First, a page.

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NEWS | Sept. 26, 2011

Boot camp for educators

By Mass Communication Specialist 1st Class Jennifer Hudson Joint Base Charleston Public Affairs

More than 50 educators from Berkeley, Charleston and Dorchester II County school districts gathered together for a one-day workshop to learn about the unique life of military members during the Educator Boot Camp course held at Joint Base Charleston-Weapons Station, Sept. 23.

Participants were given an inside look at what military families experience during military deployments, relocation, parenting and communication as well as learning how they as educators can support students who have deployed family members.

"This workshop allows educators who may not have had a personal experience of having a deployed family member gain some perspective on what it feels like to be in one of these positions and to remind them of who we are supporting," said Cicely McCray, Educator Boot Camp coordinator.

The workshop took a thorough look at children and violence, cycles of deployments and provided tips on fostering resiliency within children coping with the stress of a deployed family member. The workshop also provided additional resource materials, educational web sites and covered topics such as the Exceptional Military Family Program.

"Many educators have spent their lives in an academic environment and usually have little experience dealing with military families. We want to educate the educators on what they can do to for a military child in their school district," said McCray.

According to Meg Barrineau, Timberland High School guidance counselor and one of the participants at the workshop, the resources offered will not only help teachers assist military children in adapting to a new school environment, but non-military children as well.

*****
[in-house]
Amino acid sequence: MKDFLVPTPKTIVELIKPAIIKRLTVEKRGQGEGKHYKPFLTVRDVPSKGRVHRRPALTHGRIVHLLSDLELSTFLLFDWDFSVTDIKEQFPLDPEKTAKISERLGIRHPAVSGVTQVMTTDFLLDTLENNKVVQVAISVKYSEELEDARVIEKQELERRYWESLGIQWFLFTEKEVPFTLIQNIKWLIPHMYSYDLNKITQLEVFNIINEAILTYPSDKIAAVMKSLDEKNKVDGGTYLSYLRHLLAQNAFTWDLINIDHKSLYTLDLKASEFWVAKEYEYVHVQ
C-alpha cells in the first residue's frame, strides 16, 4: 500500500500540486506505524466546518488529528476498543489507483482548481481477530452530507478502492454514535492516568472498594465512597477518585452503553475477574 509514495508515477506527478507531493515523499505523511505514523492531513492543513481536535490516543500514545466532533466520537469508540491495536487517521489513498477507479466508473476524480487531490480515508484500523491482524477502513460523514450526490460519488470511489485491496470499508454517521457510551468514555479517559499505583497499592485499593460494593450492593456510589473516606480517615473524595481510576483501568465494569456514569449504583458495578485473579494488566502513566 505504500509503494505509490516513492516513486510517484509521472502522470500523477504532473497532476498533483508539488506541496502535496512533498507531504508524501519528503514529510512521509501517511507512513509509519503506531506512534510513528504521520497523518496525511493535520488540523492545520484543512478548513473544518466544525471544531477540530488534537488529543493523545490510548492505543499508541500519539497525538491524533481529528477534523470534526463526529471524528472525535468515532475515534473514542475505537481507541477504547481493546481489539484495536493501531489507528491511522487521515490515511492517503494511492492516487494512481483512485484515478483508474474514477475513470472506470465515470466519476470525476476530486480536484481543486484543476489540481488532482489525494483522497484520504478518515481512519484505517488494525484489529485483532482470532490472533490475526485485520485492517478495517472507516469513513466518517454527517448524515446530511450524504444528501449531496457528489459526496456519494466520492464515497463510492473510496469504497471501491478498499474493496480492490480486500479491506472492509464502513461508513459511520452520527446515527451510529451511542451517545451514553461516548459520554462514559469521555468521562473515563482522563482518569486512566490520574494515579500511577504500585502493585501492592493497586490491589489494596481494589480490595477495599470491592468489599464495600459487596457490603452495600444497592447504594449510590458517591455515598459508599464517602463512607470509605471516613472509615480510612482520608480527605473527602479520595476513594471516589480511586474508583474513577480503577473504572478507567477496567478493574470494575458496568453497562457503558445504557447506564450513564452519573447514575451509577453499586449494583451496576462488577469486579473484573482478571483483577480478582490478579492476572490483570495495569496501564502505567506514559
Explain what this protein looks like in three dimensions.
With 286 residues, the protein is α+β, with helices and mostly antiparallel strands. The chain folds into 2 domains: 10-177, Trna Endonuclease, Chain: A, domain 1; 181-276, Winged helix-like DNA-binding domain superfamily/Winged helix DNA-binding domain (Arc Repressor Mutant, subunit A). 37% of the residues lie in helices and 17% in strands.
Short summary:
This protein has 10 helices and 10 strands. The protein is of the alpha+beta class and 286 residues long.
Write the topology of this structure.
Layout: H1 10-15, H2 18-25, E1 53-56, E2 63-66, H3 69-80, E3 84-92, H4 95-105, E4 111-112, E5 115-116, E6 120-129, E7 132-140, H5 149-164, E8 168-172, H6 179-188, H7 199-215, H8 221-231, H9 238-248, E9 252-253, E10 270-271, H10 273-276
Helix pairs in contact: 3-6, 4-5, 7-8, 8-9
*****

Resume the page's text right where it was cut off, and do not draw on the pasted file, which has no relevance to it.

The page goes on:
"When a child relocates to a new school, it is a big change and a lot of times their previous school may be teaching something differently than we are," Barrineau said. "Some of the resources we are learning about will allow teachers to help a child catch up with academics which will help a child have an easier time adjusting to their new school environment."

Participants were also given a tour of the Weapons Station, allowing them to see JBC-WS daily operations.

"Most if not all of the educators on this trip have never had the opportunity to see the base," McCray continued. "This tour allows them to get a better, real-life view of the military lifestyle as well as seeing what the base is all about and what resources may be available to them."

"Our ultimate goal of this workshop is that each participant walks away from this trip with a much broader understanding of the military community," McCray continued. "We want to provide them with as many resources as possible to be able to better serve our military children and families."